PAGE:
Malise II, Earl of Strathearn
Malise first appears on record in 1244, when he promised to observe the Treaty of York, the signing of which had been witnessed by his father. By this treaty, the King of Scots had dropped his claims to the northern shires of England. He was present in parliament from 1244 to 1245, and took part in the coronation of King Alexander in 1249. He was a friend of King Henry of England, and was tasked by him to attend his daughter Margaret, when she became Queen of Scots as the wife of Alexander. In 1259 he obtained safe conduct from King Henry to go abroad, and had returned the following year.
Malise was an intelligent figure who managed to retain the favor of both the Scottish and English kings. Said to have been "munificent above all his compatriots", he was also much noted for his generosity. Throughout his life he made considerable gifts to Inchaffray Abbey, giving the monks command of several of his serfs, and the right to take stone from the quarry of Nethergask, as well as donating several monetary sums.
Death and burial
Malise is believed to have died in 1271, while in France. His body was brought back to Scotland, and he was buried at Dunblane Cathedral, the religious centre of Strathearn. In 1817, during reconstruction of Dunblane Cathedral, two sarcophagi were discovered with life-size effigies of a warrior and his lady. Since the fourteenth-century chronicler John of Fordun had recorded Dunblane as the burial site of Malise, these were determined to be the tombs of Malise and his countess, though which one is uncertain. It was marked with the date 1271. In addition, Sir Robert Sibbald once mentioned that in the late 17th century, there was a picture in the church which represented the Countess of Strathearn and her children kneeling for a blessing to St. Blane, though its whereabouts today are unknown.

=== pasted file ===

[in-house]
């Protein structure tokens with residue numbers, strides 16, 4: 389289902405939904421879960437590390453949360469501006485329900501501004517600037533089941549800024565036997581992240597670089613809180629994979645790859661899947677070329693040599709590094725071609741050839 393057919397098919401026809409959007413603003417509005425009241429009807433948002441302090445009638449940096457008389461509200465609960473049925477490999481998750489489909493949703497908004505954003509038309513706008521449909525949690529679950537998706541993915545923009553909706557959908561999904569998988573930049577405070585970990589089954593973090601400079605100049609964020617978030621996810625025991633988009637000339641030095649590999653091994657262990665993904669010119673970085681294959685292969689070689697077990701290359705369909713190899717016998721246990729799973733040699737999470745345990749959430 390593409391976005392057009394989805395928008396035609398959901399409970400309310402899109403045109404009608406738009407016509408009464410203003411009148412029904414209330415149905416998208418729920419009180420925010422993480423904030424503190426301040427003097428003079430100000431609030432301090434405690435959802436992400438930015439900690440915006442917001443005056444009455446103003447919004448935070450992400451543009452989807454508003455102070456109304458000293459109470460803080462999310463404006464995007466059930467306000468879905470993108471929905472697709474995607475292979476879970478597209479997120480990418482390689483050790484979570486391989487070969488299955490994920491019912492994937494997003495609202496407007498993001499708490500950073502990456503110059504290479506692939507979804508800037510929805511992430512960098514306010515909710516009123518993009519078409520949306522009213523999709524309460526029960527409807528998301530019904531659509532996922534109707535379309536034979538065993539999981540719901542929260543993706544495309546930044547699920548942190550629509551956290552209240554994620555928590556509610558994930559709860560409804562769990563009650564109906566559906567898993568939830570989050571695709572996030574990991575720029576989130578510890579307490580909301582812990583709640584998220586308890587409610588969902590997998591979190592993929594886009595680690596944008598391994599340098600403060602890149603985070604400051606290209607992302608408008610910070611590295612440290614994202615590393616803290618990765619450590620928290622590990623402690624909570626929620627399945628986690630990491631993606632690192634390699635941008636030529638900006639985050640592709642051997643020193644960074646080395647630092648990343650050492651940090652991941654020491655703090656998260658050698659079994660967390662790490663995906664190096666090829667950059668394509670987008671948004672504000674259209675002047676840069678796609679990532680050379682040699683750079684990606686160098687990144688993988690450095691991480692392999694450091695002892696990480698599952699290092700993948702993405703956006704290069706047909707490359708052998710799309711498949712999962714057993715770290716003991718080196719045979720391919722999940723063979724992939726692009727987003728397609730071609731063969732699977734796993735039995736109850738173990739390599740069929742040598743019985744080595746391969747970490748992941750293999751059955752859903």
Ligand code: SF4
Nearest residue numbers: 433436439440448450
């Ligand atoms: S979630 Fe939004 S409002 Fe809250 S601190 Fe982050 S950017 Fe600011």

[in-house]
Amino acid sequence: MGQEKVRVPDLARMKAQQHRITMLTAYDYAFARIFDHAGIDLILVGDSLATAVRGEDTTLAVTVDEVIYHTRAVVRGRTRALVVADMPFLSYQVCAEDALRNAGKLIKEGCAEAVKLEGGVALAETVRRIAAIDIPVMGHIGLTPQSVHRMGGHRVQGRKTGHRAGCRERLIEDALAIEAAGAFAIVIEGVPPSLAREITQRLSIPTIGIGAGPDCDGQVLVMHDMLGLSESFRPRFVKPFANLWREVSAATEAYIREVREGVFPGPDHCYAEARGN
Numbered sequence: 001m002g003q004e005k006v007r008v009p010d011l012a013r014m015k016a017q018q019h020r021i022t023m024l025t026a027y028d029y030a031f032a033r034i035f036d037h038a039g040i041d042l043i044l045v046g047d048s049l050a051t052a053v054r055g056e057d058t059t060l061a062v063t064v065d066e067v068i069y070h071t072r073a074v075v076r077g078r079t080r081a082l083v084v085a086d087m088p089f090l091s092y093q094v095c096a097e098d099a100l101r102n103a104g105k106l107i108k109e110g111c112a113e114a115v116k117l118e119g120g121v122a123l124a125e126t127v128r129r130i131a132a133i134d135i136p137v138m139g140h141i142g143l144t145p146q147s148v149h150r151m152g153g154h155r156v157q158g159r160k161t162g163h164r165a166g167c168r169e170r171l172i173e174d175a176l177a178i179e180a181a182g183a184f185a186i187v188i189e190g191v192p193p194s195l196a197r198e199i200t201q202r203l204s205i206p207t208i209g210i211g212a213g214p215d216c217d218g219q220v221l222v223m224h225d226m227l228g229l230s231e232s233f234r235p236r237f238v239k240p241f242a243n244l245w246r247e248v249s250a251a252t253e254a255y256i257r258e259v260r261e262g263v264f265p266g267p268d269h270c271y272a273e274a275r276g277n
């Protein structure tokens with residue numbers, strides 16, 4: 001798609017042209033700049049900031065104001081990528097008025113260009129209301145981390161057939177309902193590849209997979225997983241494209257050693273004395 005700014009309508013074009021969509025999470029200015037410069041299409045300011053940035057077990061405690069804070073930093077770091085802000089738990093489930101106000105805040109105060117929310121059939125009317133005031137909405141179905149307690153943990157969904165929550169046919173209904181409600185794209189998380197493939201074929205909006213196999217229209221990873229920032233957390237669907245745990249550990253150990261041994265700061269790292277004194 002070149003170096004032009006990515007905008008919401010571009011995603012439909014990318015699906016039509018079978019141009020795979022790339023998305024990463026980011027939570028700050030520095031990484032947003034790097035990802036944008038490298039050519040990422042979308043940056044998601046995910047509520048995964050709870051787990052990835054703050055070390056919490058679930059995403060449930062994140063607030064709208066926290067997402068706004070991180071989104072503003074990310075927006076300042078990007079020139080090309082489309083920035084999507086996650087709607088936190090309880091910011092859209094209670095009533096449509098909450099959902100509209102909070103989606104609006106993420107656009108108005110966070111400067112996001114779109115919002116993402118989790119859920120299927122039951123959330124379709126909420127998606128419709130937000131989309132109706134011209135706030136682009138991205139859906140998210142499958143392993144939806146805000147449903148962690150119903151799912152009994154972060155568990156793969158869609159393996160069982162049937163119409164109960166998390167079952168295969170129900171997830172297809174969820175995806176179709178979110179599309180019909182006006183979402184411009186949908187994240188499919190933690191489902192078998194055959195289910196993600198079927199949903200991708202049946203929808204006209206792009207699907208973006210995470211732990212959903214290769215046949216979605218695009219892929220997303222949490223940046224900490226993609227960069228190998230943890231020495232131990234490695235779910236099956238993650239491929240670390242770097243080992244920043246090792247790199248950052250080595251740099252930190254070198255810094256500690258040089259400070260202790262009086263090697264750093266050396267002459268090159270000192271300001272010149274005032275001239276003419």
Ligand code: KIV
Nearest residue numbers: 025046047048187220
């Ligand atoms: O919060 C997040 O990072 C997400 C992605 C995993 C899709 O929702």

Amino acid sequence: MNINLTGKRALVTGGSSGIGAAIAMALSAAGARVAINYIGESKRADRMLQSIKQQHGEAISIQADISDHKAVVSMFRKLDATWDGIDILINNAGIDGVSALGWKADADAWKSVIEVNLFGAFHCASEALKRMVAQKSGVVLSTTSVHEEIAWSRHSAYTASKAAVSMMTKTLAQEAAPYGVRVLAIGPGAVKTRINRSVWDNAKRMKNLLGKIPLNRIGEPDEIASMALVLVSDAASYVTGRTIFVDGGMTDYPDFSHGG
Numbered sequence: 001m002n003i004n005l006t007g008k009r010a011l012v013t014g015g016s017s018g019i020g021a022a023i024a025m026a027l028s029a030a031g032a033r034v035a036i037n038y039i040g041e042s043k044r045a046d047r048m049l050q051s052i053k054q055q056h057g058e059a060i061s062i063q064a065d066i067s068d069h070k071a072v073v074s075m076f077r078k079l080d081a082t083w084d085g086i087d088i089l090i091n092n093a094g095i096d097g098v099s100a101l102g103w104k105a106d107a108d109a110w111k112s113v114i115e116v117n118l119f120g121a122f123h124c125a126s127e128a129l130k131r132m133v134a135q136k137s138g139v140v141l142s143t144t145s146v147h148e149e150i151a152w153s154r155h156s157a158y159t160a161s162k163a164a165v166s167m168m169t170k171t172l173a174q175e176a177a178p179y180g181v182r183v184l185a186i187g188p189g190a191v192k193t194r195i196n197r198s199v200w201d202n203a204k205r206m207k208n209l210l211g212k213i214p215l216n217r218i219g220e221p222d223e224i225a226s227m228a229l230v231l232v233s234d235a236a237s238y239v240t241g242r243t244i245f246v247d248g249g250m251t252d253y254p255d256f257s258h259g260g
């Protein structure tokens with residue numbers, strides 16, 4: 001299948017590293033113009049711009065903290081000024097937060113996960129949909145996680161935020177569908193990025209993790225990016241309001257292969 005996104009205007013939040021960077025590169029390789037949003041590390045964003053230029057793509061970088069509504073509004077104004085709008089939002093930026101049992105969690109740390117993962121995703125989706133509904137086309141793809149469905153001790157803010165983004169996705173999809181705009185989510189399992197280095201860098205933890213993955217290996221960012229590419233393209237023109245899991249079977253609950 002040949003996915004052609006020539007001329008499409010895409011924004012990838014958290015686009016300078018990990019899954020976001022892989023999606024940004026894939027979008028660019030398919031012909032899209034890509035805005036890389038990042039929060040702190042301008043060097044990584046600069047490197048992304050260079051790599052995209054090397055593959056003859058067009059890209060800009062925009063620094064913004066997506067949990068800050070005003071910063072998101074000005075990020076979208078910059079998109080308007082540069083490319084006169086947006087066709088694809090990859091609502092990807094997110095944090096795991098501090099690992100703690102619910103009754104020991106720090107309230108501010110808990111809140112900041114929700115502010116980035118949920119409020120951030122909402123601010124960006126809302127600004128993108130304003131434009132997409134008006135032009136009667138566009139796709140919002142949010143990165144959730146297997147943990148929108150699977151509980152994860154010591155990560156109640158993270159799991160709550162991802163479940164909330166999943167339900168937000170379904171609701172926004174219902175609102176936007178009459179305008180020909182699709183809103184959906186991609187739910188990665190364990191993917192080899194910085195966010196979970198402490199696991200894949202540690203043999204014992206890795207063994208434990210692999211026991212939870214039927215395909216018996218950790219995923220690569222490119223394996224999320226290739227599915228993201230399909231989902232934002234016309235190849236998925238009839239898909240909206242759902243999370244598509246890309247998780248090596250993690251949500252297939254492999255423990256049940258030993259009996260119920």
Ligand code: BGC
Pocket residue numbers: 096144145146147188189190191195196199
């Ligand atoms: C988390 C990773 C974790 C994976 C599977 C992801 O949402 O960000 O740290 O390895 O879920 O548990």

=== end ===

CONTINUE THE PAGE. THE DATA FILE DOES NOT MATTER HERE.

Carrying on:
Marriages and children
- Firstly, around 1245, to Marjory de Muschamp, daughter and coheiress of Sir Robert de Muschamp by his wife Isabel. They had two daughters:
- Muriel, born before 1245, married William, Earl of Mar
- Mary, born before 1249, married Sir Nicholas de Graham of Dalkeith and Abercorn.
- Secondly, before December 1257, Matilda, daughter of Gilbert, Earl of Orkney and Caithness. They had two sons and one daughter:
- Malise III, Earl of Strathearn, who succeeded him
- Thirdly it appears he married a woman named Emma, though her parentage is unknown and they evidently had no issue
- Fourthly, in or after 1265, he married Maria, daughter of Ewan, Lord of Argyll and widow of Magnus, King of Mann. She survived Earl Malise and married Sir Hugh Abernethy, by whom she was the mother of Alexander Abernethy
- Paul, James Balfour (1911). The Scots Peerage. Edinburgh: David Douglas. p. 8:246.
- Paul. Scots Peerage.
- Paul. "Scots Peerage". Missing or empty
- Nimmo, William; Sterling, William MacGregor (1817). History of Stirlingshire (2nd ed.). Stirling. pp. 656–57.
- Paul. Scots Peerage. p. 247.
- The Scots Peerage, Founded on Wood's Edition of Sir Robert Douglas's Peerage of Scotland, ed. James Balfour Paul, Vol VIII (Edinburgh: David Douglas, 1911), pp. 245-7
- Neville, Cynthia J., Native Lordship in Medieval Scotland: The Earldoms of Strathearn and Lennox, c. 1140-1365, (Portland & Dublin, 2005)
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